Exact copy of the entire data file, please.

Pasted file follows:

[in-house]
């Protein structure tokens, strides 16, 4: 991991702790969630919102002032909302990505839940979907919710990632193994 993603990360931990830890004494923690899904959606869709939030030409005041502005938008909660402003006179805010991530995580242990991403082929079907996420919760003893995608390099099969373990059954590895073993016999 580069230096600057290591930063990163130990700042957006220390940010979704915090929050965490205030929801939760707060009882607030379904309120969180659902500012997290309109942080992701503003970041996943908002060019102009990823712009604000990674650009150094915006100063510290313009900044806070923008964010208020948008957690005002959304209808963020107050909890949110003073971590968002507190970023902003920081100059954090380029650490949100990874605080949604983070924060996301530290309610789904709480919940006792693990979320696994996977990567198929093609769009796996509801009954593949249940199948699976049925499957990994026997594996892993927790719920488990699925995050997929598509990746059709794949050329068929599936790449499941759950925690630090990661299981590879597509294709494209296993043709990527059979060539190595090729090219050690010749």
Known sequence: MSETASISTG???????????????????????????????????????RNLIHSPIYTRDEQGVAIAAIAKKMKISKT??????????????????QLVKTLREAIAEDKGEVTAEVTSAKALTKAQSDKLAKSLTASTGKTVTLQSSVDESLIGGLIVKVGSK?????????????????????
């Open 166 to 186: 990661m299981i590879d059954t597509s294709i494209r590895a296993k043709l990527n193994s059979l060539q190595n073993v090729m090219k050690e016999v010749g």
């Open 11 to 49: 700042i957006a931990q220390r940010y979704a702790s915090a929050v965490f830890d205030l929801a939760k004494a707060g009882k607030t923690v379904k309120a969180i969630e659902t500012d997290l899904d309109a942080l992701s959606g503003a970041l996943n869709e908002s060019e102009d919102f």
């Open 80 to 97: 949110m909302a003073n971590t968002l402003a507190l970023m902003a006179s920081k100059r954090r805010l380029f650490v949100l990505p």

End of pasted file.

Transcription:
[in-house]
């Protein structure tokens, strides 16, 4: 991991702790969630919102002032909302990505839940979907919710990632193994 993603990360931990830890004494923690899904959606869709939030030409005041502005938008909660402003006179805010991530995580242990991403082929079907996420919760003893995608390099099969373990059954590895073993016999 580069230096600057290591930063990163130990700042957006220390940010979704915090929050965490205030929801939760707060009882607030379904309120969180659902500012997290309109942080992701503003970041996943908002060019102009990823712009604000990674650009150094915006100063510290313009900044806070923008964010208020948008957690005002959304209808963020107050909890949110003073971590968002507190970023902003920081100059954090380029650490949100990874605080949604983070924060996301530290309610789904709480919940006792693990979320696994996977990567198929093609769009796996509801009954593949249940199948699976049925499957990994026997594996892993927790719920488990699925995050997929598509990746059709794949050329068929599936790449499941759950925690630090990661299981590879597509294709494209296993043709990527059979060539190595090729090219050690010749």
Known sequence: MSETASISTG???????????????????????????????????????RNLIHSPIYTRDEQGVAIAAIAKKMKISKT??????????????????QLVKTLREAIAEDKGEVTAEVTSAKALTKAQSDKLAKSLTASTGKTVTLQSSVDESLIGGLIVKVGSK?????????????????????
């Open 166 to 186: 990661m299981i590879d059954t597509s294709i494209r590895a296993k043709l990527n193994s059979l060539q190595n073993v090729m090219k050690e016999v010749g």
């Open 11 to 49: 700042i957006a931990q220390r940010y979704a702790s915090a929050v965490f830890d205030l929801a939760k004494a707060g009882k607030t923690v379904k309120a969180i969630e659902t500012d997290l899904d309109a942080l992701s959606g503003a970041l996943n869709e908002s060019e102009d919102f």
């Open 80 to 97: 949110m909302a003073n971590t968002l402003a507190l970023m902003a006179s920081k100059r954090r805010l380029f650490v949100l990505p």